10 hours ago
Wednesday, August 22, 2012
Growing up, my mother bought packaged cheese.
We lived in the suburbs, and the offerings were slim.
She bought a nice block of Swiss Emmentaler, a package of pre-sliced Dorman's Muenster cheese (the BEST!!), maybe some Jarlsberg if we were lucky, and a Gouda wrapped in red wax once in a while.
Kraft American Singles was also the choice for hamburgers and grilled cheese.
There was no Pecorino Romano, or aged Parmigiano Reggiano (we had the green can, if that). No ripe Camembert, Chevre or Comte. And Mozzarella was a big gross block of Polly-O.
We were not French, Italian, Spanish, or Greek, so what the heck did we know?
The supermarket was our cheese monger, and convenience and little cheese knowledge was factored in.
I'm sure you know by now, that I love cheese.
I buy it from my local cheese man, who ages his own blocks, and I live next door to a French woman, who has taught me some things about the cheeses of France.
BUT HOW COME NO ONE EVER TOLD ME ABOUT HALLOUMI??????
Halloumi (Greek χαλούμι, Turkish hellim, Arabic حلوم ḥallūm) is a Cypriot semi-hard, unripened brined cheese made from a mixture of goats and sheep milk, and sometimes also cows milk.
It has a high melting point and so can easily be fried or grilled. Halloumi is set with rennet and is unusual in that no acid or acid-producing bacterium is used in its preparation.
Halloumi is popular in Cyprus, Greece and the Middle East.
See, you learn something new everyday.
And who doesn't love fried cheese?
I gained the Freshman 15 going to TGI Friday's every night eating fried cheese sticks!
I have wanted to make this salad from one of my favorite cookbooks Cooking for Friends forever, but my dilemma was blood oranges are in season only in the winter, and figs are in season NOW, late summer. What to do?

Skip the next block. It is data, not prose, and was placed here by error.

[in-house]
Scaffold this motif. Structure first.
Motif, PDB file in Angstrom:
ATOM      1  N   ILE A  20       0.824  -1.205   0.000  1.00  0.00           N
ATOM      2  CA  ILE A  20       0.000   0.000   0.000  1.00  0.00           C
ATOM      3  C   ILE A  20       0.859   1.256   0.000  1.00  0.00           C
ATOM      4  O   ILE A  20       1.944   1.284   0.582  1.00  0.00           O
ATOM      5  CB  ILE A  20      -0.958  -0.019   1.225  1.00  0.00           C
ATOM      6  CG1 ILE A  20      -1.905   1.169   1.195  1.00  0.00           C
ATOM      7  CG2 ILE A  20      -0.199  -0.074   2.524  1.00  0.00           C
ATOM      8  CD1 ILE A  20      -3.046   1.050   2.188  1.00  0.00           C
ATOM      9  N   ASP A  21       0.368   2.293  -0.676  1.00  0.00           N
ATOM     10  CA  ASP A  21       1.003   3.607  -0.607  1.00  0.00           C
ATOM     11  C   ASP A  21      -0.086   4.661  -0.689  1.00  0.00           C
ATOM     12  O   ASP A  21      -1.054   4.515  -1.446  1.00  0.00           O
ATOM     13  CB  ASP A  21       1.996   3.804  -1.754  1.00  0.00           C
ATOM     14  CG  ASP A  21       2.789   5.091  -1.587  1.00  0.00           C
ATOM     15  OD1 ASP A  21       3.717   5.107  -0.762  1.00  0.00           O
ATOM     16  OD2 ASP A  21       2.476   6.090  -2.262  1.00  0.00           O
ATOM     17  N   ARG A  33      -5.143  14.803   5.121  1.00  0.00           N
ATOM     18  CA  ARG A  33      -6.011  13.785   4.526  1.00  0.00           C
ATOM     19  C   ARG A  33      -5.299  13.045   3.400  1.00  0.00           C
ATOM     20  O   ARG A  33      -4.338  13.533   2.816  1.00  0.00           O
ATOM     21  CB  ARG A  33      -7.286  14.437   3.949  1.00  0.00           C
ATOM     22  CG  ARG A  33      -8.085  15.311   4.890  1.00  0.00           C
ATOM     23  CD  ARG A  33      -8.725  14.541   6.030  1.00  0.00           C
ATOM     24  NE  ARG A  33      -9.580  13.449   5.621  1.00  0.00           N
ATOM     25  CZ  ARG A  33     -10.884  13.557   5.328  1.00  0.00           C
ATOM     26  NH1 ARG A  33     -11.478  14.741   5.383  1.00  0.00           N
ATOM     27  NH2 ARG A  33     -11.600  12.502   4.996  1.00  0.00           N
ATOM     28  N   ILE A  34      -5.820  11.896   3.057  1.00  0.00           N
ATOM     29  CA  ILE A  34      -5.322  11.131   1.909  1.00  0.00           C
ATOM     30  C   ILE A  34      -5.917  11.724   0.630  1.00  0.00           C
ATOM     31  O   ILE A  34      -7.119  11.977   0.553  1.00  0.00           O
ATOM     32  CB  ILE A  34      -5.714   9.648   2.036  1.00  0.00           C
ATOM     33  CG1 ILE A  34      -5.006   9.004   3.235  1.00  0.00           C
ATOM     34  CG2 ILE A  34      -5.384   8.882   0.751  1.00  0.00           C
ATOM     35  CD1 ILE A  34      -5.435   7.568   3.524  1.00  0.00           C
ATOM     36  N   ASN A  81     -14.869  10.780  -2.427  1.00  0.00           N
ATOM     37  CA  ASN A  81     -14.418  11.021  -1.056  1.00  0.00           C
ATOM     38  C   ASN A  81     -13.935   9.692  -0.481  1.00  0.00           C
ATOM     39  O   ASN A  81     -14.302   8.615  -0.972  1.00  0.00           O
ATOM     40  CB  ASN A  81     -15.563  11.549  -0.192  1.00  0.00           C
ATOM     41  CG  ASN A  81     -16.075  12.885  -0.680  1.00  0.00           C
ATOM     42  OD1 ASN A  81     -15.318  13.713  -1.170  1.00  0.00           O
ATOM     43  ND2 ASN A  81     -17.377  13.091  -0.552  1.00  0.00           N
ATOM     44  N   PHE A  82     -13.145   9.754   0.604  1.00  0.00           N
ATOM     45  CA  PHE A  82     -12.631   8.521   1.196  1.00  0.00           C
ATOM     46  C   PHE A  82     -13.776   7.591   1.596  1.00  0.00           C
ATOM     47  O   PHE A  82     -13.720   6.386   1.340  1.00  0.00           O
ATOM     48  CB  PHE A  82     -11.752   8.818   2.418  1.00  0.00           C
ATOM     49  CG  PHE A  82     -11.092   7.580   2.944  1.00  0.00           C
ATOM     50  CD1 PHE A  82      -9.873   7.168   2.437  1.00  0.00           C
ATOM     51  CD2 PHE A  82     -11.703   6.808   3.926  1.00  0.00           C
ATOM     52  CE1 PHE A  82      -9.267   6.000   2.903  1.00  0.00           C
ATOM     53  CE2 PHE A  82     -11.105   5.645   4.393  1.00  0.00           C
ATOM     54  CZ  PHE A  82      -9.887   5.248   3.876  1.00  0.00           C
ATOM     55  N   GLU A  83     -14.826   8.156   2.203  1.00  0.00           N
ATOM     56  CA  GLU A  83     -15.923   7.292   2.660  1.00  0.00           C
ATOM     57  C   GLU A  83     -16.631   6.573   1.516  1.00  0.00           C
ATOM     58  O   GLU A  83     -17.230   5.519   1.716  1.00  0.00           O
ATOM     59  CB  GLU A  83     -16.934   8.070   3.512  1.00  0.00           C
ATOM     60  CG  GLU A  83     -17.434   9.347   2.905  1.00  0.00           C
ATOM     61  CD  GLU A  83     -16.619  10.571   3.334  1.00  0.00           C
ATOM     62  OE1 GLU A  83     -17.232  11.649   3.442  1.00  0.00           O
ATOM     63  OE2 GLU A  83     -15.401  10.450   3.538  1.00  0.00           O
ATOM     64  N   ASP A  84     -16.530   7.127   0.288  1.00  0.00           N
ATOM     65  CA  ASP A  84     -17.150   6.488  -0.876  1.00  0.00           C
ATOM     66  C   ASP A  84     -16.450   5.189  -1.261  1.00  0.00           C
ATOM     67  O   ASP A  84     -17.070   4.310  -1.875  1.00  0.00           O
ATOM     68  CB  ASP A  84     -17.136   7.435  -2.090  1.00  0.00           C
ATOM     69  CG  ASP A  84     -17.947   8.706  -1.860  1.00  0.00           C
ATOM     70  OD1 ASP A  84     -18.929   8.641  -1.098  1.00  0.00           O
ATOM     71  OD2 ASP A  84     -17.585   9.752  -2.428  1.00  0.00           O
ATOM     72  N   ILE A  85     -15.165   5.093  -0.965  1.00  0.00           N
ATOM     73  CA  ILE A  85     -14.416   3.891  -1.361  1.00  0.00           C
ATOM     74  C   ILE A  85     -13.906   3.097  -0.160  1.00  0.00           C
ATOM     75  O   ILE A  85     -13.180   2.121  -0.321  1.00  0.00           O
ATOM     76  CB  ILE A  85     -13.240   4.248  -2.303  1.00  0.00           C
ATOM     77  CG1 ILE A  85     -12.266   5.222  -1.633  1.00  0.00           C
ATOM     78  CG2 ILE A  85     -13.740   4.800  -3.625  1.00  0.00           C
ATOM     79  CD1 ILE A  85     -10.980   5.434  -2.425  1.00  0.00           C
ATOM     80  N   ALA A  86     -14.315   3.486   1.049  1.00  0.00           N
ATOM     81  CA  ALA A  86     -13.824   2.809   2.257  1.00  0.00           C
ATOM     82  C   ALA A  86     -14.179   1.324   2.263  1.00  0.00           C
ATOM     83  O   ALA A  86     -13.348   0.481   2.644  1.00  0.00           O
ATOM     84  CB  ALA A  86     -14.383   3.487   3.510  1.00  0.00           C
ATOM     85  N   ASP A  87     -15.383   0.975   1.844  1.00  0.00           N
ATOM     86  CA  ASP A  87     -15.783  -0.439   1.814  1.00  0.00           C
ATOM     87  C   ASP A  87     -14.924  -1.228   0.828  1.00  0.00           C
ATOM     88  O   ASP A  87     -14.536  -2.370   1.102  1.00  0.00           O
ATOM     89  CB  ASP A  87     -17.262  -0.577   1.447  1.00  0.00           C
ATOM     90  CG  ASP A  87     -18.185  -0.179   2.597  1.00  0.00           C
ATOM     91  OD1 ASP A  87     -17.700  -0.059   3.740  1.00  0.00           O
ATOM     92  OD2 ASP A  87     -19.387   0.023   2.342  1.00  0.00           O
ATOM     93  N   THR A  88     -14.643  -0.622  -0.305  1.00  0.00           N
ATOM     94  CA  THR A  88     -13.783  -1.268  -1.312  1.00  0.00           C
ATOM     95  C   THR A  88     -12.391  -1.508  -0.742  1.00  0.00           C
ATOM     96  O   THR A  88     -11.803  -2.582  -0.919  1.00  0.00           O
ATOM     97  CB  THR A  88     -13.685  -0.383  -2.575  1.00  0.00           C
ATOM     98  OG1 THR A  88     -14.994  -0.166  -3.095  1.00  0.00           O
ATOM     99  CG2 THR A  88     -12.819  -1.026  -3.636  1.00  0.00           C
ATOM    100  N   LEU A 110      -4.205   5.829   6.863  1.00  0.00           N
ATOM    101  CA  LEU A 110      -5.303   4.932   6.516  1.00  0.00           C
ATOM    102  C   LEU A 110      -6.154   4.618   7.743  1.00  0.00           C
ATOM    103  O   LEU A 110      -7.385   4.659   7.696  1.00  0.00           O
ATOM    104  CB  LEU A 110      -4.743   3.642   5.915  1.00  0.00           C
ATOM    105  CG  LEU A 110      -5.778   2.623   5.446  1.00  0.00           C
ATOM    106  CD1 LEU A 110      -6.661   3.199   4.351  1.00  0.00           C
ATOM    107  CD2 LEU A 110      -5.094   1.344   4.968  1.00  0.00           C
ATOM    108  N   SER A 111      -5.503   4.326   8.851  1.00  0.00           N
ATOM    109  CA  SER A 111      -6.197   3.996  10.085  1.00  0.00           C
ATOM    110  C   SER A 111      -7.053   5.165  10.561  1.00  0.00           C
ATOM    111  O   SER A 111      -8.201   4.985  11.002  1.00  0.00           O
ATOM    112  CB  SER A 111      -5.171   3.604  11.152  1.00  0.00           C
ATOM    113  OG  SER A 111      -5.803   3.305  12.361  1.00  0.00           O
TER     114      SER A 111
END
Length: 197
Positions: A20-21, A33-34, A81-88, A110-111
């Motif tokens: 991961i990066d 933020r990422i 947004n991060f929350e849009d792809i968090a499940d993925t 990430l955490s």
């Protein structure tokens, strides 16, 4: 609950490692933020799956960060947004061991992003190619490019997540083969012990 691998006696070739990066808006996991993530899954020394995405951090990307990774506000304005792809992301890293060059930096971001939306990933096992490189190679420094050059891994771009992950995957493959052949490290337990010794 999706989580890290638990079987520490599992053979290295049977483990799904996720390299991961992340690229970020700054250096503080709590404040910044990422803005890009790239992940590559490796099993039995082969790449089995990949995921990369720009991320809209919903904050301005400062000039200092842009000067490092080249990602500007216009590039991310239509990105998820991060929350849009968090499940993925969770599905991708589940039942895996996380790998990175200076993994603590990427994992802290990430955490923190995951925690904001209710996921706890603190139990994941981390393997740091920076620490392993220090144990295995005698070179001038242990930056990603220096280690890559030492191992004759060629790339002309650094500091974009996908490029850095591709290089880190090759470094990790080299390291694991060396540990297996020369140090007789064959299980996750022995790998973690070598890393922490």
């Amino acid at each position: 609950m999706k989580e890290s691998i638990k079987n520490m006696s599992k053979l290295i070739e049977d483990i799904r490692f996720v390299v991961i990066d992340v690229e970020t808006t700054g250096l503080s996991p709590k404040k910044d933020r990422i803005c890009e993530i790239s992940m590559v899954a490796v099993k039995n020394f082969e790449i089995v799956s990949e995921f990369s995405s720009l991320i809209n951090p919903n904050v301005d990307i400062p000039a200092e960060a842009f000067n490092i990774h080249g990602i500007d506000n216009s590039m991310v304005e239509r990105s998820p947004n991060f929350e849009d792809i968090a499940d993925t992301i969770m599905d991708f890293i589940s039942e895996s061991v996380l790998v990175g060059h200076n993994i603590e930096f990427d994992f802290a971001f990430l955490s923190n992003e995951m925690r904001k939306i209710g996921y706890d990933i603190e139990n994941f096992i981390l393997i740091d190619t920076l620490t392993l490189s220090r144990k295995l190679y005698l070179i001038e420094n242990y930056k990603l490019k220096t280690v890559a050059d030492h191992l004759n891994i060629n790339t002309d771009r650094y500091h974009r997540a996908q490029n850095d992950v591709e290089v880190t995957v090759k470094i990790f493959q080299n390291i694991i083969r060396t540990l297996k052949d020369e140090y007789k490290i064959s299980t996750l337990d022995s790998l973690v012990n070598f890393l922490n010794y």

I guess the 2 are were meant to be together, so, I bagged the blood orange idea, and did my own thing.
You can add peaches, or regular oranges, but I added walnuts and red onion instead.
This salad is nothing short of spectacular.
It's really not about the dressing here, so use whatever you have. Even just a drizzle of olive oil is good enough.
The original recipe wants you to cut the blood oranges over a bowl and save the delicious juice for the dressing. But since I didn't have any oranges to cut, I omitted this step. Nothing was missed, it's about the grilled figs and cheese here.
Grilled Halloumi & Fig Salad (loosely adapted from Cooking w/ Friends by Williams Sonoma)
1 lb. of washed fresh arugula (also known as rocket)
2 blood oranges (yeah, good luck finding them in August), peeled and sliced in sections over a bowl (to save the juice)
5 ripe fresh figs (not dried), halved
6 oz. of Halloumi cheese, sliced
1/4 red onion, sliced thin
handful of toasted walnuts
Maldon sea salt & pepper
squeeze of lemon juice
drizzle of white balsamic vinegar
GOOD olive oil for drizzling
Start with my favorite grill pan (I swear, it's the best pan I own), and heat it with a little olive oil.
Plate the arugula leaves on a big platter.
Grill the cheese and figs together, or if the pan is too crowded, in separate batches, for about 1 minute on each side.
Carefully flip each slice of cheese and each fig over until the cheese is nice and crispy, and the figs are jammy and bubbling.
Plate on top of the arugula and scatter with the walnuts and onion slices.
If you are lucky enough to have some Sicilian connections and can get blood oranges in NJ in August, then drizzle the gorgeous juice of the oranges over the salad.
Squeeze some fresh lemon juice over the salad and some sea salt.
A drizzle of good olive oil and white balsamic vinegar to finish.
Serve right away, while the figs and cheese are nice and warm.
The grilled warm salty cheese, with the grilled jammy ripe figs. Perfect match. They should be dating.
Mr. Halloumi, I am addicted. Nice to meet you.